2. Go to the vet. You rush Whiz to the vet after he broke his leg from playing too rough at the dog park. The exam, x-ray, and cast cost you $1,000. Woof. But since you have pet insurance, you don’t have to worry about the total amount. Find out what we cover here.
  3. Get your money back. Whiz is safely on the mend, and you get up to a $900 reimbursement back in your pocket from Lemonade!

It’s worth noting that as your dog ages, they will require more veterinary care and treatments, which is why it pays to take out a pet insurance policy for your dog as early as possible. If you try to sign your 13-year-old dog up for insurance for the first time, they might be declined due to their age; either way, they’re more likely to have pre-existing conditions that won’t be covered by insurance. But if you get your new puppy a Lemonade policy right away, you’ll be able to continue renewing their policy as they age.

Apply now to get your free pet insurance quote.

Protect your pet from Pennsylvania threats 

Pennsylvania is best known for the cites of Pittsburgh and Philadelphia, but the Keystone State is home to miles of stunning nature too. From the breathtaking Blue Ridge and Bear Pond mountain ranges to the shoreline of Lake Erie, Pennsylvania has a lot to offer nature lovers and their pets. But as beautiful as nature can be, it pays to be aware of the risks to your pets, and to take precautions to keep them healthy, safe and sound.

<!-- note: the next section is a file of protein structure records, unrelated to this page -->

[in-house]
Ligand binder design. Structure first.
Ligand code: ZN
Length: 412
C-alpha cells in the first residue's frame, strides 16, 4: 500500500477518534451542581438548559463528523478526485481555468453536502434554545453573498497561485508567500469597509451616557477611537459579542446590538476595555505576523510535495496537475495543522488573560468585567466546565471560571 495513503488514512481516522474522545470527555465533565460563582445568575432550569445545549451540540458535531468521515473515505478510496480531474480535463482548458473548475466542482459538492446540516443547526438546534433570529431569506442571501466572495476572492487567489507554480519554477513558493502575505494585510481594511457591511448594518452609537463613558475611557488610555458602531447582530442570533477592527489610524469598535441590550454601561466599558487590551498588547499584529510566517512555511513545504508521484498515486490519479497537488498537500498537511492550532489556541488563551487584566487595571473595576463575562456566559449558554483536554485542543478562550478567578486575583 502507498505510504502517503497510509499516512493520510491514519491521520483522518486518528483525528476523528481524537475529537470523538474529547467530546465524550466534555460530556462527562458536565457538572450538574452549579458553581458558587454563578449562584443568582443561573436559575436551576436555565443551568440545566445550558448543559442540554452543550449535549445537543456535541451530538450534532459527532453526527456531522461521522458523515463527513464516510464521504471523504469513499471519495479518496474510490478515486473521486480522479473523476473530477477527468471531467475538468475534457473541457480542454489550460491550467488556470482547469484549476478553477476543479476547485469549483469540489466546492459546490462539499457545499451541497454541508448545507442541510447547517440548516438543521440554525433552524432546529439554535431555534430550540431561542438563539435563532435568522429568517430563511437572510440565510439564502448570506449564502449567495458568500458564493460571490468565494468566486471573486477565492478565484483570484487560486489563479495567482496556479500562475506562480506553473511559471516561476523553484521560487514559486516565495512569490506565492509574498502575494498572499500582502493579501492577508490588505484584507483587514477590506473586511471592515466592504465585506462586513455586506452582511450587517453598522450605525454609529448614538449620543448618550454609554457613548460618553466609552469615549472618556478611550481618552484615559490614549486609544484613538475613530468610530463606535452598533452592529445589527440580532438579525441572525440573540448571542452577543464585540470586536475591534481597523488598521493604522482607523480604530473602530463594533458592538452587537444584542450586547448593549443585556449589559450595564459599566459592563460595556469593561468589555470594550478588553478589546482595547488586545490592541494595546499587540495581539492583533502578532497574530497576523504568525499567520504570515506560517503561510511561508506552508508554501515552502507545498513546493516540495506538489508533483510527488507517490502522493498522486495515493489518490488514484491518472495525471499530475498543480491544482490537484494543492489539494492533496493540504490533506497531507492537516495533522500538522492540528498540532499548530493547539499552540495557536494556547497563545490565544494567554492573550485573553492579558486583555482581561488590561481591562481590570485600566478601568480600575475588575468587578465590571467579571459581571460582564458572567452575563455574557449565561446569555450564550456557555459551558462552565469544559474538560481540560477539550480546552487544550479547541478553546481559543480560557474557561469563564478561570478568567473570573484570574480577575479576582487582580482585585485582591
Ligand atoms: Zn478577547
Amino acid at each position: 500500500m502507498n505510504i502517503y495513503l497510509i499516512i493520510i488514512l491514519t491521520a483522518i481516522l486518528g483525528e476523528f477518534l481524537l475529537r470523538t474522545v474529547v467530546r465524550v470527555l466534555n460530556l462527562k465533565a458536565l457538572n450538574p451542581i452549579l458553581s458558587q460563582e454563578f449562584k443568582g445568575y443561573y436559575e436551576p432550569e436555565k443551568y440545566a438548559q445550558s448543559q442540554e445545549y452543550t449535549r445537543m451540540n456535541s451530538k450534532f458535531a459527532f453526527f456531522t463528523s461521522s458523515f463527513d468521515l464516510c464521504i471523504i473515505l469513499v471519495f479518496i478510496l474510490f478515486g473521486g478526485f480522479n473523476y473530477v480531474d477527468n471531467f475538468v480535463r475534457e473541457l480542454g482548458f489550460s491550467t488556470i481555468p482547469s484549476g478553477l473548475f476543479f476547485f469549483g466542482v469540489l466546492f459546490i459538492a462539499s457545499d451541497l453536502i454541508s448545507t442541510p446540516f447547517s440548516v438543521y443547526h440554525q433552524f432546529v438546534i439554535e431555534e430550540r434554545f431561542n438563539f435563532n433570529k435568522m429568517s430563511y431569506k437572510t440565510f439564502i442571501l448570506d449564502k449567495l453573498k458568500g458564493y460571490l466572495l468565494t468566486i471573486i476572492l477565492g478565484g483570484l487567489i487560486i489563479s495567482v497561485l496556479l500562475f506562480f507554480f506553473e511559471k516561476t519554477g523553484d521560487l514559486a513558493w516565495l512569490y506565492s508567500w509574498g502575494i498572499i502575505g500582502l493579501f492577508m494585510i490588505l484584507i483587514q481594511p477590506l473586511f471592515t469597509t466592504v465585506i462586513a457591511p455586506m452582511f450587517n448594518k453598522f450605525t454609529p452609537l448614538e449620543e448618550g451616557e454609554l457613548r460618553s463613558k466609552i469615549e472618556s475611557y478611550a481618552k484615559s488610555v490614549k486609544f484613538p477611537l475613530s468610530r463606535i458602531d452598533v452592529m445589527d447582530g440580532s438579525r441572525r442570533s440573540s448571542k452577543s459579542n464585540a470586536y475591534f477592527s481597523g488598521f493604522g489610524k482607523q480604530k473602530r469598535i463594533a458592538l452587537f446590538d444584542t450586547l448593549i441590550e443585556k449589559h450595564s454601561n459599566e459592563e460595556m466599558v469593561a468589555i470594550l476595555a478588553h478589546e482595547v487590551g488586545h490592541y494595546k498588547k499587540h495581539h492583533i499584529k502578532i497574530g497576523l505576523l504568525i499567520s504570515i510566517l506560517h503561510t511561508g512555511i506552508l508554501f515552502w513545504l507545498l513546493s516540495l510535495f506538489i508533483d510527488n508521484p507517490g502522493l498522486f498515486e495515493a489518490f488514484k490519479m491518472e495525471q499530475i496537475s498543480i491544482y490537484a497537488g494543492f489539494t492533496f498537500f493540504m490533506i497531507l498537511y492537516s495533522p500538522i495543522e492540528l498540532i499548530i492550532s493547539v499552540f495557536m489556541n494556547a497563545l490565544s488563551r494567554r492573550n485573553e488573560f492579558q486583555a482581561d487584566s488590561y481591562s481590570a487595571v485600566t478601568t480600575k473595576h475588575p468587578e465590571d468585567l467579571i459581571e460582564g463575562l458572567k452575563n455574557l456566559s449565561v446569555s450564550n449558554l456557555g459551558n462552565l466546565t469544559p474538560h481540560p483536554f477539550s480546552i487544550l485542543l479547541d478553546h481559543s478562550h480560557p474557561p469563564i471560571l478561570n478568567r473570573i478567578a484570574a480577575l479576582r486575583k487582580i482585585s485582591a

Winter weather

Pennsylvania’s climate ranges from a comfortable 87 degrees in July to a decidedly cold 26 degrees in January, and snowy winters can be tough for our pets. Although most dogs love to play, dig and frolic in the white stuff, they can suffer from wind-chill to their extremities, hypothermia, and even frostbite on exposed ears, paws and noses. 

Although your pets’ lush fur coat may look warm, pets can die if left outside in cold weather for an extended period of time, especially if they have no food or water. If your cat loves to roam, make sure they have easy access to get back inside when the weather turns cold. 

Nowadays there’s a wide range of pet clothing on offer, making it easy for pet owners to find the perfect sweaters and jackets for dogs and cats. Pet booties are also a great idea to keep toes warm, dry, and protected from chemical de-icers that are found on the ground in winter, helping to maintain healthy paws.